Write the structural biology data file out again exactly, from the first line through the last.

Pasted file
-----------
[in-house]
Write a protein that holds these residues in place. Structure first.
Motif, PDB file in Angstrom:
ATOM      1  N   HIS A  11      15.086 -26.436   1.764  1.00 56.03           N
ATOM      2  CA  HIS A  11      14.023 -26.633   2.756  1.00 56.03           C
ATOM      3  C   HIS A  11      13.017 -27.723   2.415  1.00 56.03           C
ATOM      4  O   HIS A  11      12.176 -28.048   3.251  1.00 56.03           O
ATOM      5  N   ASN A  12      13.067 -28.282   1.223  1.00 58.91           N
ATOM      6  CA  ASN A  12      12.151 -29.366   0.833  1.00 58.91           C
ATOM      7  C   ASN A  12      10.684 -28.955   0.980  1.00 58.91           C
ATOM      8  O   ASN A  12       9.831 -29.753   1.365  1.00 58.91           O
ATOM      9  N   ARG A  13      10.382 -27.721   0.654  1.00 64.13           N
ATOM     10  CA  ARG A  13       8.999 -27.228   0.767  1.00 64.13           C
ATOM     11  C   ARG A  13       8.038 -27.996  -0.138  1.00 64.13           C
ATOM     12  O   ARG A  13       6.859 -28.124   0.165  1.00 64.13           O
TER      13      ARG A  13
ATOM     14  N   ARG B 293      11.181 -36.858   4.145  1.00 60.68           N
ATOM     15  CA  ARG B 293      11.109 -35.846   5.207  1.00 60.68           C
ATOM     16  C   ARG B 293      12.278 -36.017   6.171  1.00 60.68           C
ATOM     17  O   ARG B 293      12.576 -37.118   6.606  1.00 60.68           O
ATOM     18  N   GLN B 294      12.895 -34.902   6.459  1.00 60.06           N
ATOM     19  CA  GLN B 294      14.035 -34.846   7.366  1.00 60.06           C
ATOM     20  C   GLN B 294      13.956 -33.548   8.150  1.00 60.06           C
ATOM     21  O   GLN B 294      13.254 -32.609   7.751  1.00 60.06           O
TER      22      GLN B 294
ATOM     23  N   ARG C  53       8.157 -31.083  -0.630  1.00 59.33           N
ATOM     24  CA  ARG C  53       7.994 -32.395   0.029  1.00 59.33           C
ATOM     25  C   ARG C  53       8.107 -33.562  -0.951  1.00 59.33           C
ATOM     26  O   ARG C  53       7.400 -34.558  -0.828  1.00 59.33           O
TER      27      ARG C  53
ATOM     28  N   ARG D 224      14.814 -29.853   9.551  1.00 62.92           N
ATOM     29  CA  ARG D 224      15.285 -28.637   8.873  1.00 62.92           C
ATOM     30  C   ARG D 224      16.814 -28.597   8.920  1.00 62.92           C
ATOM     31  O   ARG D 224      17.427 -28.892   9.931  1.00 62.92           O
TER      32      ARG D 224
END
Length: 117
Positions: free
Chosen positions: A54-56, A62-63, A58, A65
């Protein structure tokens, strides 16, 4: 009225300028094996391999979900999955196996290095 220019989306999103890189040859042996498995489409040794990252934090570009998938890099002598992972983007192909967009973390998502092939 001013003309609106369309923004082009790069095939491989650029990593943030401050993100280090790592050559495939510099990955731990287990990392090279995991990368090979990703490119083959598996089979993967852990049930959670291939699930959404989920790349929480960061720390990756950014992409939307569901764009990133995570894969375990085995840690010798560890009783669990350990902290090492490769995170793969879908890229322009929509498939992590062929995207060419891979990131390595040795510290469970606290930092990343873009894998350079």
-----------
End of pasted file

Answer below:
[in-house]
Write a protein that holds these residues in place. Structure first.
Motif, PDB file in Angstrom:
ATOM      1  N   HIS A  11      15.086 -26.436   1.764  1.00 56.03           N
ATOM      2  CA  HIS A  11      14.023 -26.633   2.756  1.00 56.03           C
ATOM      3  C   HIS A  11      13.017 -27.723   2.415  1.00 56.03           C
ATOM      4  O   HIS A  11      12.176 -28.048   3.251  1.00 56.03           O
ATOM      5  N   ASN A  12      13.067 -28.282   1.223  1.00 58.91           N
ATOM      6  CA  ASN A  12      12.151 -29.366   0.833  1.00 58.91           C
ATOM      7  C   ASN A  12      10.684 -28.955   0.980  1.00 58.91           C
ATOM      8  O   ASN A  12       9.831 -29.753   1.365  1.00 58.91           O
ATOM      9  N   ARG A  13      10.382 -27.721   0.654  1.00 64.13           N
ATOM     10  CA  ARG A  13       8.999 -27.228   0.767  1.00 64.13           C
ATOM     11  C   ARG A  13       8.038 -27.996  -0.138  1.00 64.13           C
ATOM     12  O   ARG A  13       6.859 -28.124   0.165  1.00 64.13           O
TER      13      ARG A  13
ATOM     14  N   ARG B 293      11.181 -36.858   4.145  1.00 60.68           N
ATOM     15  CA  ARG B 293      11.109 -35.846   5.207  1.00 60.68           C
ATOM     16  C   ARG B 293      12.278 -36.017   6.171  1.00 60.68           C
ATOM     17  O   ARG B 293      12.576 -37.118   6.606  1.00 60.68           O
ATOM     18  N   GLN B 294      12.895 -34.902   6.459  1.00 60.06           N
ATOM     19  CA  GLN B 294      14.035 -34.846   7.366  1.00 60.06           C
ATOM     20  C   GLN B 294      13.956 -33.548   8.150  1.00 60.06           C
ATOM     21  O   GLN B 294      13.254 -32.609   7.751  1.00 60.06           O
TER      22      GLN B 294
ATOM     23  N   ARG C  53       8.157 -31.083  -0.630  1.00 59.33           N
ATOM     24  CA  ARG C  53       7.994 -32.395   0.029  1.00 59.33           C
ATOM     25  C   ARG C  53       8.107 -33.562  -0.951  1.00 59.33           C
ATOM     26  O   ARG C  53       7.400 -34.558  -0.828  1.00 59.33           O
TER      27      ARG C  53
ATOM     28  N   ARG D 224      14.814 -29.853   9.551  1.00 62.92           N
ATOM     29  CA  ARG D 224      15.285 -28.637   8.873  1.00 62.92           C
ATOM     30  C   ARG D 224      16.814 -28.597   8.920  1.00 62.92           C
ATOM     31  O   ARG D 224      17.427 -28.892   9.931  1.00 62.92           O
TER      32      ARG D 224
END
Length: 117
Positions: free
Chosen positions: A54-56, A62-63, A58, A65
């Protein structure tokens, strides 16, 4: 009225300028094996391999979900999955196996290095 220019989306999103890189040859042996498995489409040794990252934090570009998938890099002598992972983007192909967009973390998502092939 001013003309609106369309923004082009790069095939491989650029990593943030401050993100280090790592050559495939510099990955731990287990990392090279995991990368090979990703490119083959598996089979993967852990049930959670291939699930959404989920790349929480960061720390990756950014992409939307569901764009990133995570894969375990085995840690010798560890009783669990350990902290090492490769995170793969879908890229322009929509498939992590062929995207060419891979990131390595040795510290469970606290930092990343873009894998350079």